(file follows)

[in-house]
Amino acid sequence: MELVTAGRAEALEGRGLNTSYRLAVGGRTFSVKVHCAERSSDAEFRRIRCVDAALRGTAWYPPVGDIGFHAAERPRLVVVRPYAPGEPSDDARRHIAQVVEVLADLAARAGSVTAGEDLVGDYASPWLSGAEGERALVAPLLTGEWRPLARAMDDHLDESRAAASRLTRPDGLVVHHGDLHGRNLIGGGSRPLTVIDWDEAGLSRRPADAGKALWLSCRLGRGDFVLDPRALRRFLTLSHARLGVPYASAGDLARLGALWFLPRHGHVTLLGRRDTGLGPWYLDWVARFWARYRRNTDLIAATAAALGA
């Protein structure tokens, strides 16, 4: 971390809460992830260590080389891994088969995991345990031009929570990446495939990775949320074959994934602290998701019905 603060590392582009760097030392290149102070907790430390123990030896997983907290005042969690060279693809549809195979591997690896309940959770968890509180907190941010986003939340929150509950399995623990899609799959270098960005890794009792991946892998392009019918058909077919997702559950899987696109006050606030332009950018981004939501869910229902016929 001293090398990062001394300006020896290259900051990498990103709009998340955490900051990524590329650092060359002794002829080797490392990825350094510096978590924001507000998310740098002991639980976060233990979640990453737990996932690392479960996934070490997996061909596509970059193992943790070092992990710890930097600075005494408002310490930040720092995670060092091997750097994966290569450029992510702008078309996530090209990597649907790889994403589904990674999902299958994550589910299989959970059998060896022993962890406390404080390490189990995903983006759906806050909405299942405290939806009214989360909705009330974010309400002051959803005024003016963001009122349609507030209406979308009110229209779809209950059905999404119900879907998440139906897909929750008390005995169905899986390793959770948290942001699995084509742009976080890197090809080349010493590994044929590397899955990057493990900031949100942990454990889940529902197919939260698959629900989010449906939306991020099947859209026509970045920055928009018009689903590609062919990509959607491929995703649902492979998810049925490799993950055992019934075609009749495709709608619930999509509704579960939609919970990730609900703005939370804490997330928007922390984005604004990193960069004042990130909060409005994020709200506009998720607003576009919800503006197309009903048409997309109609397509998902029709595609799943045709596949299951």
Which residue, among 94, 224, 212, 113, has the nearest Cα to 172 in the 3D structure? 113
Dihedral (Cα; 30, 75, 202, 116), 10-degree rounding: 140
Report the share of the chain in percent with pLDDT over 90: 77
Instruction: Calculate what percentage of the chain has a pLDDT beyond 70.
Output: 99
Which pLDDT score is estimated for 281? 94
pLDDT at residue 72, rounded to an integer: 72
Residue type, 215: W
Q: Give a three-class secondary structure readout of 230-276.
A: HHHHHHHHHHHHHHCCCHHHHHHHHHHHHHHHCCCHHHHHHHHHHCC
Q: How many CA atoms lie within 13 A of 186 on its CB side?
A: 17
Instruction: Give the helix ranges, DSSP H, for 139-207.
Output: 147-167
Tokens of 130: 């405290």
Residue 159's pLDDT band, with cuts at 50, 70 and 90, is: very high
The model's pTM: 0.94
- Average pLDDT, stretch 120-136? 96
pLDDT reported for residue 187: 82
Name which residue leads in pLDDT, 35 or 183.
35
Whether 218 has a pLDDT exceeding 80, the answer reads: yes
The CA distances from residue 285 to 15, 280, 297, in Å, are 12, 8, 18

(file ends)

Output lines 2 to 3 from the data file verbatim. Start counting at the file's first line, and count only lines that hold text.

Amino acid sequence: MELVTAGRAEALEGRGLNTSYRLAVGGRTFSVKVHCAERSSDAEFRRIRCVDAALRGTAWYPPVGDIGFHAAERPRLVVVRPYAPGEPSDDARRHIAQVVEVLADLAARAGSVTAGEDLVGDYASPWLSGAEGERALVAPLLTGEWRPLARAMDDHLDESRAAASRLTRPDGLVVHHGDLHGRNLIGGGSRPLTVIDWDEAGLSRRPADAGKALWLSCRLGRGDFVLDPRALRRFLTLSHARLGVPYASAGDLARLGALWFLPRHGHVTLLGRRDTGLGPWYLDWVARFWARYRRNTDLIAATAAALGA
């Protein structure tokens, strides 16, 4: 971390809460992830260590080389891994088969995991345990031009929570990446495939990775949320074959994934602290998701019905 603060590392582009760097030392290149102070907790430390123990030896997983907290005042969690060279693809549809195979591997690896309940959770968890509180907190941010986003939340929150509950399995623990899609799959270098960005890794009792991946892998392009019918058909077919997702559950899987696109006050606030332009950018981004939501869910229902016929 001293090398990062001394300006020896290259900051990498990103709009998340955490900051990524590329650092060359002794002829080797490392990825350094510096978590924001507000998310740098002991639980976060233990979640990453737990996932690392479960996934070490997996061909596509970059193992943790070092992990710890930097600075005494408002310490930040720092995670060092091997750097994966290569450029992510702008078309996530090209990597649907790889994403589904990674999902299958994550589910299989959970059998060896022993962890406390404080390490189990995903983006759906806050909405299942405290939806009214989360909705009330974010309400002051959803005024003016963001009122349609507030209406979308009110229209779809209950059905999404119900879907998440139906897909929750008390005995169905899986390793959770948290942001699995084509742009976080890197090809080349010493590994044929590397899955990057493990900031949100942990454990889940529902197919939260698959629900989010449906939306991020099947859209026509970045920055928009018009689903590609062919990509959607491929995703649902492979998810049925490799993950055992019934075609009749495709709608619930999509509704579960939609919970990730609900703005939370804490997330928007922390984005604004990193960069004042990130909060409005994020709200506009998720607003576009919800503006197309009903048409997309109609397509998902029709595609799943045709596949299951």